skip navigation


Register for Latest Research

Stay Informed
Register with NCJRS to receive NCJRS's biweekly e-newsletter JUSTINFO and additional periodic emails from NCJRS and the NCJRS federal sponsors that highlight the latest research published or sponsored by the Office of Justice Programs.

NCJRS Abstract

The document referenced below is part of the NCJRS Virtual Library collection. To conduct further searches of the collection, visit the Virtual Library. See the Obtain Documents page for direction on how to access resources online, via mail, through interlibrary loans, or in a local library.


NCJ Number: 221549 Find in a Library
Title: Ritual Crime: Anthropological Considerations and Contributions to a New Field of Study
Journal: Acta Criminologica  Volume:20  Issue:2  Dated:2007  Pages:119-137
Author(s): T. S. Petrus
Date Published: 2007
Page Count: 19
Document: PDF
Type: Issue Overview
Format: Article
Language: English
Country: United States of America
Annotation: This paper examines the knowledge of anthropology in the assistance of law enforcement officers and policymakers to obtain a more informed perspective on the issue of ritual crime and how to deal with it.
Abstract: The investigation of ritual crime has a great deal of potential for the discipline of anthropology because, as was indicated, there are various ways in which anthropologists can contribute to a greater understanding of ritual crime. Anthropological investigations into this phenomenon expose cross-cultural differences in ideas of rationalism, while they attempt to place the religious beliefs of communities in their specific contexts. This was found to be important, not only within the context of increased multiculturalism and religious pluralism, but it is also relevant within the context of legal and community development, where it becomes clear that local communities have their own systems of law and justice and procedures of how to deal with ritual crimes as defined by these communities. However, because these communities do not exist in isolation, it is also evident that legislation and policies on ritual crime have to be sensitive to and acknowledge the belief systems of these communities. Anthropologists need to acknowledge ritual crime’s existence as a reality. The Western criminal justice system is uncertain on how to handle ritual crimes. When murder and abuse become ritual murder and ritual abuse, the framework of legislation becomes less adequate and incapable of providing the necessary information to assist the justice system in defining, investigating, and prosecuting such crime, as well as the definition of crime itself becomes more complicated. This paper attempts to show that while the issue of ritual crime is controversial, the phenomenon does indeed exist and manifests itself in various ways. Its existence is a fact because it forms part of the religious beliefs of many communities. This paper argues that anthropology could possibly play an important role in initiating steps to provide knowledge that is necessary for a more informed and a more open-minded perspective on ritual crime. Biblography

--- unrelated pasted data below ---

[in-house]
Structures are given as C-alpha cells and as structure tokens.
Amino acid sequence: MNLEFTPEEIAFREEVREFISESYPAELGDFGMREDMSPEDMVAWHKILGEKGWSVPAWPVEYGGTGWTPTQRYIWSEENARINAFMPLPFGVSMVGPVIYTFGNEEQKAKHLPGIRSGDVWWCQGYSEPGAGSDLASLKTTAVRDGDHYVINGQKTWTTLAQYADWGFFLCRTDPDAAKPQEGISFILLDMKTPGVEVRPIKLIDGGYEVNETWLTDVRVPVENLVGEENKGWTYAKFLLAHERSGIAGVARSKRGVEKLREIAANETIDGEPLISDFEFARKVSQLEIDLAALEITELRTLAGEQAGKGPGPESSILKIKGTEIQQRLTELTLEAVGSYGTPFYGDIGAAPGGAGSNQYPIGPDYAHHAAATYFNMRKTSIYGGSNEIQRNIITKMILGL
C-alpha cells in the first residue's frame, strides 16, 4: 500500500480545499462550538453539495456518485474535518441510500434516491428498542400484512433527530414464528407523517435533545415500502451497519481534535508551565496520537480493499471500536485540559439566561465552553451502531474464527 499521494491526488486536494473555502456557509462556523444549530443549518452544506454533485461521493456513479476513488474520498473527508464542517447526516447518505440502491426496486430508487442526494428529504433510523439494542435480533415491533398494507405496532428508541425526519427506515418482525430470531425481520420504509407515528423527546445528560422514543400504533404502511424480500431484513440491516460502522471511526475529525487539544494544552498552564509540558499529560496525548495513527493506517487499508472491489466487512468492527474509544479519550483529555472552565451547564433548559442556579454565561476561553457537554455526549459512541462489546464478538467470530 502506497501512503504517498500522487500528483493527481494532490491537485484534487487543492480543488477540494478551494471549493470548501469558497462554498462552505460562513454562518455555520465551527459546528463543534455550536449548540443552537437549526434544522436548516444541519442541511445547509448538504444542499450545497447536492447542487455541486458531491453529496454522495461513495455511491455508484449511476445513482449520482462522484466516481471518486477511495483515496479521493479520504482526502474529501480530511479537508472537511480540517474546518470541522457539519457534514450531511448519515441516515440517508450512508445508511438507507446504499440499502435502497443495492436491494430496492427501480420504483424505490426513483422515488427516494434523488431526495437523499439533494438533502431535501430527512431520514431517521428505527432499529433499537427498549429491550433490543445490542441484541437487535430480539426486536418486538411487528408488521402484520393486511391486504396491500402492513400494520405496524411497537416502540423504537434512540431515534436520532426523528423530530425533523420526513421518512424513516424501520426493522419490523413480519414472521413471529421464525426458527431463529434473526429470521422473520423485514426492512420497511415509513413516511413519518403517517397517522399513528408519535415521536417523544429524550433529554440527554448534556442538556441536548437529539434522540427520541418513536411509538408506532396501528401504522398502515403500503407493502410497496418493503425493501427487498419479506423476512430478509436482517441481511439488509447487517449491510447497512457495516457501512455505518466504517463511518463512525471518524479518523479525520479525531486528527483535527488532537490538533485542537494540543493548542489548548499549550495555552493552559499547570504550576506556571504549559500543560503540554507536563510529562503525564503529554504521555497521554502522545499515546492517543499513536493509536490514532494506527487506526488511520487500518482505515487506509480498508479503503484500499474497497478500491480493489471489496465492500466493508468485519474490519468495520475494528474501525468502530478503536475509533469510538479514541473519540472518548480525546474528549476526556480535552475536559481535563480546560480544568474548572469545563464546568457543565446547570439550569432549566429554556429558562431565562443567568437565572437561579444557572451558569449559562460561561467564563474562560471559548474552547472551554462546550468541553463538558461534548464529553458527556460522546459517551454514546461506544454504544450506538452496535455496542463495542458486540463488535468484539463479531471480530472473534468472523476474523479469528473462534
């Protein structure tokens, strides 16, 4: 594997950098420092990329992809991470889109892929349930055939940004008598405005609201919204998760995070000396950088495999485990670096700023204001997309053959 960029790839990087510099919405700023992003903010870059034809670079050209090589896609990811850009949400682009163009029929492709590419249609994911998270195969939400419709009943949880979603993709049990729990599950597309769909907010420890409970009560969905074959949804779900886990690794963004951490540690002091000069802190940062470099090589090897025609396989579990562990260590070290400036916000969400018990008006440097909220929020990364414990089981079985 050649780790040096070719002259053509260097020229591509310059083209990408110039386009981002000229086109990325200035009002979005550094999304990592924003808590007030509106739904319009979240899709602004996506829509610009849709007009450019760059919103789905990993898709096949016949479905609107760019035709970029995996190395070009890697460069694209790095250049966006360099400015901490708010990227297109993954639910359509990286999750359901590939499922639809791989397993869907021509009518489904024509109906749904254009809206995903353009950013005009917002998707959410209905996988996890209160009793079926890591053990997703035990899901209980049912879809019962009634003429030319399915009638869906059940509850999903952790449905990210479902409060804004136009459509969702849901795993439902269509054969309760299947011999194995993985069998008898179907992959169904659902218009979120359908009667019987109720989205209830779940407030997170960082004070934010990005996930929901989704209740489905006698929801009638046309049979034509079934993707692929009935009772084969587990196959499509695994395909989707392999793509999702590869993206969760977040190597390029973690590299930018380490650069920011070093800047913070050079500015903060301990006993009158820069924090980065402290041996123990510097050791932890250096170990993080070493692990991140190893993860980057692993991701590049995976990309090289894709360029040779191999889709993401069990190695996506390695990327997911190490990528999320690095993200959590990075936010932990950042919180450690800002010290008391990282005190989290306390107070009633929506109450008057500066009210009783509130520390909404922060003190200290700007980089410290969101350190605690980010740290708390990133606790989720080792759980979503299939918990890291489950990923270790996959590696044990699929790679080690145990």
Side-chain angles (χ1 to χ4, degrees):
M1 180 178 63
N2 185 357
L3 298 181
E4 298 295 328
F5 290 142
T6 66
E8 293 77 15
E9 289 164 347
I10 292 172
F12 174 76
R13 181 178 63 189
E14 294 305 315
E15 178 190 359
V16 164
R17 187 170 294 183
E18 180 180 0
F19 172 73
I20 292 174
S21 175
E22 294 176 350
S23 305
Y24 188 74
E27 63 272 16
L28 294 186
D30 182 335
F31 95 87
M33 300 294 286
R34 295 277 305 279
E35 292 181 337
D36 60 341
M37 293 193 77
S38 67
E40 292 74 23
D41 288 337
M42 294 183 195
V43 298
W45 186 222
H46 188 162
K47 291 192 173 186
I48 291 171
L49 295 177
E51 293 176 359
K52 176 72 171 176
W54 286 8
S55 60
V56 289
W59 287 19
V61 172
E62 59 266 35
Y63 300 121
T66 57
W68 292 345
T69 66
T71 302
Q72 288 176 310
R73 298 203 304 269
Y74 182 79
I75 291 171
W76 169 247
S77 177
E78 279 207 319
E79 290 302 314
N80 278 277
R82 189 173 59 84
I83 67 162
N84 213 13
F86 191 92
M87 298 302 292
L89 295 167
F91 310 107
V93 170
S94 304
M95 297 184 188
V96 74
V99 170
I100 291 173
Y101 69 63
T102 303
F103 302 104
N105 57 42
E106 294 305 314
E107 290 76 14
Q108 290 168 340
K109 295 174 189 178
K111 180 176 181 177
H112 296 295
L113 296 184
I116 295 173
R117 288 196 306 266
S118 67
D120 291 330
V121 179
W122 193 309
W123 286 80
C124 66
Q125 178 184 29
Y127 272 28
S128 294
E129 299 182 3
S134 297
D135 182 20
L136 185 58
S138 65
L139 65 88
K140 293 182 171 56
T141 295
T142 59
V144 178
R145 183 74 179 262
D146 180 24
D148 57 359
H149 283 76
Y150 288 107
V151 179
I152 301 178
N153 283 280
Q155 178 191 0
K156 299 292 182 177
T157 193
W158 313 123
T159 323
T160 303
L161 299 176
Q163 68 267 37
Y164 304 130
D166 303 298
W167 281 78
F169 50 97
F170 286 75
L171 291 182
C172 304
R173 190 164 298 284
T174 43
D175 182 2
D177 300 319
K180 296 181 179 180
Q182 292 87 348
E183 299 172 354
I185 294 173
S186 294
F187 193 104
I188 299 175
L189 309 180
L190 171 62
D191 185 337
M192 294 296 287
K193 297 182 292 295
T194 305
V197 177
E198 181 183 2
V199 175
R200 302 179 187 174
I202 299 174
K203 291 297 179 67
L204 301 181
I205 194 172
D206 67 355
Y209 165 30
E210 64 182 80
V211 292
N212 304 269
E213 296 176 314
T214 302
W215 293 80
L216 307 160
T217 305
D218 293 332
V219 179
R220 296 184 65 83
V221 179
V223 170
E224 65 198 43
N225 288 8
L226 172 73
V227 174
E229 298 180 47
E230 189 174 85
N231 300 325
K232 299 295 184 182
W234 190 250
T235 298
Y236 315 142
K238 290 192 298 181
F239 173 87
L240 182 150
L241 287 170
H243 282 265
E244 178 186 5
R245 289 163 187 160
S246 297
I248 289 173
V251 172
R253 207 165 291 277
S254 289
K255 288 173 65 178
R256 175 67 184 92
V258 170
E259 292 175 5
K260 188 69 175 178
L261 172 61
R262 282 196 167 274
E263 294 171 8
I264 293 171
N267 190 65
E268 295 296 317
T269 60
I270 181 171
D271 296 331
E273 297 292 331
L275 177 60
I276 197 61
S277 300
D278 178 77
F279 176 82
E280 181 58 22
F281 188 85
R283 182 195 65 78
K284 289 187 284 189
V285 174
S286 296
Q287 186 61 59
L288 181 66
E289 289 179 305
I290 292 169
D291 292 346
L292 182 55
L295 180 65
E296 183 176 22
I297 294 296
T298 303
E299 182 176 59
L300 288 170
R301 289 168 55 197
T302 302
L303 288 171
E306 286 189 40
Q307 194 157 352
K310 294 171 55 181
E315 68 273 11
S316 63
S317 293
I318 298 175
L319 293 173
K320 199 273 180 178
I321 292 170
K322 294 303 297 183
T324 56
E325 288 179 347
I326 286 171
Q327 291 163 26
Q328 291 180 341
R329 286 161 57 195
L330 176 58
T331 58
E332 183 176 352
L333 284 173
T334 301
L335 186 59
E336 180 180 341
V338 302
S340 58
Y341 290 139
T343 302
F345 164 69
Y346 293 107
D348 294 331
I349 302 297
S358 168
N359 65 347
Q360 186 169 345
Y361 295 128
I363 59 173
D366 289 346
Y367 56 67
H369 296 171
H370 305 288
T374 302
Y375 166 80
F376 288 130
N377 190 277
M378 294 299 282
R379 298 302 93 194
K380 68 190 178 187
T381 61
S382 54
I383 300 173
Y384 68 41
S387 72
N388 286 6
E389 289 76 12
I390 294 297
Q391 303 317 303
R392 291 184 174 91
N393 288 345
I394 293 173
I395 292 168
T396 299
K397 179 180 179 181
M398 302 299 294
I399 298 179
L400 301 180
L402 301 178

Main Term(s): Ritualistic crimes; South Africa
Index Term(s): Behavioral and Social Sciences; Crime typologies; Criminology; Cults; Cultural influences; Religion; Religiously motivated violence
Note: To access the full text PDF: 1) select the provided link; 2) from the Acta Criminologica Web site, select "Table of Contents"; 3) select the corresponding Volume and Issue (see the NCJRS abstract record for the exact Volume and Issue); 4) scroll the Table of Contents to the exact article; and 5) click on the "full text" icon Downloaded on February 13, 2008.
To cite this abstract, use the following link:

*A link to the full-text document is provided whenever possible. For documents not available online, a link to the publisher's website is provided. Tell us how you use the NCJRS Library and Abstracts Database - send us your feedback.